4.3. Versioning Images

4.3.1. Introduction

This topic explains the scheme Rigado uses to add version to Vesta software builds such as the Developer Image. It is recommended you follow a similar version scheme for versioning Gateway images and the DeviceOps Distributions that deploy them.

Version information is helpful for some very important reasons:

  • Support Teams know what is installed when a customer has an issue.
  • DeviceOps has a consistent version number scheme for software modules and distributions.

4.3.2. Determining when to increment a version

Since the Gateway requires a collection of many different components, versioning is fairly complex. Each component can itself be versioned and most can be incremented or changed without affecting the others. For example, changing the DeviceOps update tools to use a different URL or tenant ID will likely not require changes in the kernel or any of the applications in the root filesystem. However, at the highest level, distributing this as an update requires the assignment of a new version number. Rigado recommends updating the entire rootfs together so the whole new system can be run through tests as it will be deployed in production. Since everything is distributed together, this collection of different components is called a Distribution and shares a common vesion number.

In general, if you need DeviceOps to push a new version, you should increment the version number of your image.

4.3.3. Example scenarios

I started with RigOS 17.05.0 which had version 0.1.0 of the Node example. When I updated that Node example to version 0.2.0, do I need to udate the RigOS version?

  • Yes, if you intend to distribute that version. Since DeviceOps is keeping track of the “Distribution” that each Vesta is assigned.

I need to update the U-Boot on my deployed gateways. Is that part of the distribution?

  • No, U-Boot is maintained seperately from the kerel, DTB and root filesystem that are loaded onto the Gateway. U-Boot has its own version. You typically don’t need to update U-Boot in production. If there is a reason to do so, there is a special procedure for that update.

4.3.4. The RigOS scheme

The RigOS scheme uses a YY.MM version naming scheme to reflect releases of the Rigado OS. There is also a BUILD_ID that can be used to keep track of what was installed on the hardware originally. This would stay the same as the VERSION_ID in most cases, because the entire rootfs is replaced during an update. If an update was attempted that only updated a few files, the VERSION_ID would increase, but BUILD_ID would not.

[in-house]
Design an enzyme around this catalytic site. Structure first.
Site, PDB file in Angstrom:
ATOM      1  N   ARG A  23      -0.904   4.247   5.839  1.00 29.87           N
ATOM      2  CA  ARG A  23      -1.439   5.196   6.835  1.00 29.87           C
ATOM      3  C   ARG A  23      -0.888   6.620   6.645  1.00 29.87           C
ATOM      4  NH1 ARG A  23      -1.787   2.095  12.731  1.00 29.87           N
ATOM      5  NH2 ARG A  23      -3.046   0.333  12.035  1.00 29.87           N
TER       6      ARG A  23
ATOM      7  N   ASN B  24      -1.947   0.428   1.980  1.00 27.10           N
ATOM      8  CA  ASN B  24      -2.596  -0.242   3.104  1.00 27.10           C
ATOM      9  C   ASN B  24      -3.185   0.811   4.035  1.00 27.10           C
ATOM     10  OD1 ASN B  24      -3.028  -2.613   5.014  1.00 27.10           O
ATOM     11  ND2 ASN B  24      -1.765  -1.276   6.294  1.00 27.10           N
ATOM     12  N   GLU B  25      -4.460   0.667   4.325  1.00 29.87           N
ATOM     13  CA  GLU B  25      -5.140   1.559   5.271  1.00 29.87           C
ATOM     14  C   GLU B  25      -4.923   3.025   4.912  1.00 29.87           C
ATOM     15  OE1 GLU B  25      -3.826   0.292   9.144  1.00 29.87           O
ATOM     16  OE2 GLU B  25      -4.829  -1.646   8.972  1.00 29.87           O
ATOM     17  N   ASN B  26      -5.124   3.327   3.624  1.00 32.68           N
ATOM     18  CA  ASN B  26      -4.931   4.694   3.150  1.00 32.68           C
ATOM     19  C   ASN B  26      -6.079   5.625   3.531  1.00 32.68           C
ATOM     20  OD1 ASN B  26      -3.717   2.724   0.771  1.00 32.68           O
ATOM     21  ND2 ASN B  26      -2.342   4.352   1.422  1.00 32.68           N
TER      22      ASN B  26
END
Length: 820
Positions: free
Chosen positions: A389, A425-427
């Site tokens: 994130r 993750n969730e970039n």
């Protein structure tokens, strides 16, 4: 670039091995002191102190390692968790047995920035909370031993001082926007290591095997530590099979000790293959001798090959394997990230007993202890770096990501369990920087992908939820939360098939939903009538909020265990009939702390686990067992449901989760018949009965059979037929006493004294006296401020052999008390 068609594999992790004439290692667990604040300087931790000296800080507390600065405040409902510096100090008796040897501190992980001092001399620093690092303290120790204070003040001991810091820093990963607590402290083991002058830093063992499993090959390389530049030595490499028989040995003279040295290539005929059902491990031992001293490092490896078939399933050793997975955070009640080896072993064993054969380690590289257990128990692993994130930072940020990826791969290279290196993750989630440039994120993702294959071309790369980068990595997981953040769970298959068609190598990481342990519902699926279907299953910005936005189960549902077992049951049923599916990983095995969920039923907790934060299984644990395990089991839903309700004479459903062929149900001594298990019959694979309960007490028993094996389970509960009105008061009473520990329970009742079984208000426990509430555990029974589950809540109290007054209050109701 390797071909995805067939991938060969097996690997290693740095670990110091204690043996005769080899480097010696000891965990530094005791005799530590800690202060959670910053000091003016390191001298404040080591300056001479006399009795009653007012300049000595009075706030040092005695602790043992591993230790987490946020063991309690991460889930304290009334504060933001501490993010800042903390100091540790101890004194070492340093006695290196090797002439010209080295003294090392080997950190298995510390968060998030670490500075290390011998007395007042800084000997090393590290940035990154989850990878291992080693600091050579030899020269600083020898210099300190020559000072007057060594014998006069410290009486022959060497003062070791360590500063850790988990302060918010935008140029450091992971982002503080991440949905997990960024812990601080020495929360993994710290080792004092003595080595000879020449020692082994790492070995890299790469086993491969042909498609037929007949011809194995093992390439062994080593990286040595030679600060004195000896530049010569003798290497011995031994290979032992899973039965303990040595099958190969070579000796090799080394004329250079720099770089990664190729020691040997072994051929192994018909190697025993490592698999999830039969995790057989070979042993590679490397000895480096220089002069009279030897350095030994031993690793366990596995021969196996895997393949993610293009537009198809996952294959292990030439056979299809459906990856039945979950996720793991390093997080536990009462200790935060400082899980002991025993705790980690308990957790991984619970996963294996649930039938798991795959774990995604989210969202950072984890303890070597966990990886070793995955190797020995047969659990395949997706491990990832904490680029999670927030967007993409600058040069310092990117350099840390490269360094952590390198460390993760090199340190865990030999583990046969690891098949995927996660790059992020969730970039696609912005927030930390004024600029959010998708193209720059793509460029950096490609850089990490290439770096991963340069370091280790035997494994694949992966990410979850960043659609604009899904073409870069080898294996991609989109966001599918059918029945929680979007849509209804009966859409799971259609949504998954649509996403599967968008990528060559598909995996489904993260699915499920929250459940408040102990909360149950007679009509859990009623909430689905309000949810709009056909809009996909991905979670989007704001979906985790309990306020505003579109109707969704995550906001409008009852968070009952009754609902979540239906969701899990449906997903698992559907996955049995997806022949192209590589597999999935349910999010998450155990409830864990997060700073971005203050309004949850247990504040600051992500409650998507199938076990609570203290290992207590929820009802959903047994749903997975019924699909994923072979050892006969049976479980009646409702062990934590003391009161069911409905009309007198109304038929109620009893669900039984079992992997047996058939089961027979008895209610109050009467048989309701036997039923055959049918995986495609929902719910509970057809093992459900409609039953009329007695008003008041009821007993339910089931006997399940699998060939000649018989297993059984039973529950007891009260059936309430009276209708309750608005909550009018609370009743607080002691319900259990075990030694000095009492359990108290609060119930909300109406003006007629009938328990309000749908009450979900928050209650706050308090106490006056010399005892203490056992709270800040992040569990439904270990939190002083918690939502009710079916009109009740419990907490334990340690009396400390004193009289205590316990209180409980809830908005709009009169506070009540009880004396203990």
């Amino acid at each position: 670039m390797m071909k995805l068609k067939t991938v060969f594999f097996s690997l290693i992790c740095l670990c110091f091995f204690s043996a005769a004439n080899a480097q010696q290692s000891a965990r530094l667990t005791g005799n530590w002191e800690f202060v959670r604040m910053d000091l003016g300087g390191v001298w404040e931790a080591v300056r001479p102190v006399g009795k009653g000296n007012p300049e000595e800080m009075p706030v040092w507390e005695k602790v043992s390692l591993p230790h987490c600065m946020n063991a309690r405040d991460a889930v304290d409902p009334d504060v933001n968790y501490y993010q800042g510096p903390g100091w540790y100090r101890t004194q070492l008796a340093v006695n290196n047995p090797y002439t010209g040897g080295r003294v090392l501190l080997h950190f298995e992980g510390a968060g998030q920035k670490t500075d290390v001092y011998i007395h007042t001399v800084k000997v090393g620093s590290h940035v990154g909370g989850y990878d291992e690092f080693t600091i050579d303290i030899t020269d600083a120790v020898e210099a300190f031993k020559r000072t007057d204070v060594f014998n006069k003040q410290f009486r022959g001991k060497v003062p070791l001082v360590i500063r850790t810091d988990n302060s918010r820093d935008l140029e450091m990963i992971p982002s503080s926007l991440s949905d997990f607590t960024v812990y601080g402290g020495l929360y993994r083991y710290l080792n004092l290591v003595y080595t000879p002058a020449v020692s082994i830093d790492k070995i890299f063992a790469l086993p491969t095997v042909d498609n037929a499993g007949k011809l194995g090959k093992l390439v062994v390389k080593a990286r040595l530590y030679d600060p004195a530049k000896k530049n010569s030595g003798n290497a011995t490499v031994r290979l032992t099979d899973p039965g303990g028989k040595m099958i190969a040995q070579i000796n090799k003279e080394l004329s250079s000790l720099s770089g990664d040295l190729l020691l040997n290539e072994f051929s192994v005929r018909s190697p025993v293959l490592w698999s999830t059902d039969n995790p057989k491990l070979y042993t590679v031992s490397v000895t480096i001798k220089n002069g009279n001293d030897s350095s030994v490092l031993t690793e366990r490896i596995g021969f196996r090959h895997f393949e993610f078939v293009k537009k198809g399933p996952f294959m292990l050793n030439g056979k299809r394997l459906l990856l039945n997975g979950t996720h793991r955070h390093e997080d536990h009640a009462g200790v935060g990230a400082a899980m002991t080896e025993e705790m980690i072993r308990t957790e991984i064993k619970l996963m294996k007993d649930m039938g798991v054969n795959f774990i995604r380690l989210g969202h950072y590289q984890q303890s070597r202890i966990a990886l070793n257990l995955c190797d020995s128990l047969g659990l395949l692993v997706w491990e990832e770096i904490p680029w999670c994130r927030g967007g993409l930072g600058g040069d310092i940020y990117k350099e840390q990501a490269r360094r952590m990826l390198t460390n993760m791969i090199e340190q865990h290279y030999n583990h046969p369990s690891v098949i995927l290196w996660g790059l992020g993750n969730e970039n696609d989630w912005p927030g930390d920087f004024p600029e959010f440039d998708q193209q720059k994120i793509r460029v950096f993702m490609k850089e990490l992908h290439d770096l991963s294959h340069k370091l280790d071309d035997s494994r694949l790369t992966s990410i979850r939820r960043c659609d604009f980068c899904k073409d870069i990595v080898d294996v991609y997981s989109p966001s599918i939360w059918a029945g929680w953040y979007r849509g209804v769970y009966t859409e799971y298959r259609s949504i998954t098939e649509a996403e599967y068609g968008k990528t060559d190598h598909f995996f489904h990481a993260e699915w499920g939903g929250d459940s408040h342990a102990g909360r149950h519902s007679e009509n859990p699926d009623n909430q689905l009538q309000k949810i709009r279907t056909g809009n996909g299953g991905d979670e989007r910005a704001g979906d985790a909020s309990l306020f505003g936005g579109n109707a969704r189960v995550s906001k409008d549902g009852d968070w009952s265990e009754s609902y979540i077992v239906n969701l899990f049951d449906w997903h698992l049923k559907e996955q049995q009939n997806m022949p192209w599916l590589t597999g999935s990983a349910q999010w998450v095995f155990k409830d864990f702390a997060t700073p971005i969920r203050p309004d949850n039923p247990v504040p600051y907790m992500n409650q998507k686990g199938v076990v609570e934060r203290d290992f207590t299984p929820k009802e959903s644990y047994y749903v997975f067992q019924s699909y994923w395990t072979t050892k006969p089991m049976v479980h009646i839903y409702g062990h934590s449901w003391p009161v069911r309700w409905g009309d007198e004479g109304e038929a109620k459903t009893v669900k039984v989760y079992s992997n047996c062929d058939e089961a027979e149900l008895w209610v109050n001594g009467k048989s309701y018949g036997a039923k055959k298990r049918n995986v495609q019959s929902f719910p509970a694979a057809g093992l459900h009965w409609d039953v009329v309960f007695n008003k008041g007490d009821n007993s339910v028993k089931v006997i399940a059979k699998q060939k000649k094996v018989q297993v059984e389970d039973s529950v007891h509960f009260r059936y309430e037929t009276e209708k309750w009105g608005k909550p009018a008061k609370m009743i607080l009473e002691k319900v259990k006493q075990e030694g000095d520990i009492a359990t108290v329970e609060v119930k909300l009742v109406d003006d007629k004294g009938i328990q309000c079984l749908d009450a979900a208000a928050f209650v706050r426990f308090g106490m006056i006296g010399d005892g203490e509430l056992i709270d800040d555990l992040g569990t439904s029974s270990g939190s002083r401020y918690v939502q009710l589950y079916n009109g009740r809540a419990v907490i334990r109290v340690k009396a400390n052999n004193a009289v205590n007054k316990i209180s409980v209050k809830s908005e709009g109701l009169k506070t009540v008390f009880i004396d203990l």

Use /etc/os-release for holding version information. This information is mostly determined by the release schedule and is the highest level of the versions:


  • NAME=”<Operating System name, without version, see /etc/os-release>”
  • PRETTY_NAME=”<Marketing name with version , see /etc/os-release>”
  • ID=”<distribution identifier, lowercase, see /etc/os-release>”
  • VERSION=”<Version, possibly with code name, see /etc/os-release>”
  • VERSION_ID=”<alpha numeric version, see /etc/os-release>”
  • VARIANT=”If there are different variations of the OS for their purpose or hardware configuration, see /etc/os-release>”
  • VARIANT_ID=”<lowercase id of variant, see /etc/os-release>”
  • BUILD_ID=”alpha numeric version of original build, see /etc/os-release>”
  • RIGOS_REPO_URL=”<the url of the repository that can be used to re-create this build”
  • RIGOS_REPO_COMMIT=”<commit hash>”
  • RIGOS_BUILD_SYSTEM_VERSION=”<informatin about the build system>”
  • HOME_URL=”<marketing website, see /etc/os-release>”
  • SUPPORT_URL=”<support website, see /etc/os-release>>”
  • BUG_REPORT_URL=”issue reporting website, see /etc/os-release>”

Here is an example for the Developer RigOS:

root@081020317-00001:~# cat /etc/os-release
PRETTY_NAME="Rig OS Developer 17.05.0 Hydrogen"
VERSION="17.05.0, Hydrogen"

4.3.5. See also


A good rule for capturing version information is to have enough information to recreate the same version (where the source lives) and verify that you have created the correct version.

4.3.6. Additional version and revision numbers

There are other versions that are available on the Vesta Gateway:

root@081020317-00001:~# cat /etc/version

root@081020317-00001:~# cat /etc/hwrevision
vesta 2.0

The Kernel also reports its version with the uname utility or by accessing /proc/version

root@081020317-00001:~# uname -a
Linux 081020317-00001.rigadogateway.com 4.1.29+g9cee2a2 #1 SMP PREEMPT Fri Apr 28 11:27:17 PDT 2017 armv7l GNU/Linux
root@081020317-00001:~# uname -m
root@081020317-00001:~# uname -o
root@081020317-00001:~# uname -i
root@081020317-00001:~# uname -p
root@081020317-00001:~# uname -v
#1 SMP PREEMPT Fri Apr 28 11:27:17 PDT 2017
root@081020317-00001:~# uname -r
root@081020317-00001:~# uname -n
root@081020317-00001:~# uname -s

root@081020317-00001:~# cat /proc/version
Linux version 4.1.29+g9cee2a2 (user@buildmachine) (gcc version 6.2.0 (GCC) ) #1 SMP PREEMPT Fri Apr 28 11:27:17 PDT 2017

The DTB has a model that identifies the hwrevision:

root@081020317-00001:~# cat /proc/device-tree/model
Rigado Vesta 300 Board

U-Boot has a version. You can access it:

root@081020317-00001:~# strings u-boot.imx | grep 'U-Boot 2015'
U-Boot 2015.04+vesta+g7b89f9d (Jun 06 2017 - 17:06:34)

Many Rigado provided Tools also have versions:

root@081020317-00001:~# rigtools -V

Side note, Yocto puts info in /etc/issue that looks like:

Poky (Yocto Project Reference Distro) 2.2.1 \n \l

which is shown before the login prompt. So, if you need to change that, OVERRIDE the DISTRO settings from meta-yocto/conf/distro/poky.conf by setting your custom settings in build/conf/local.conf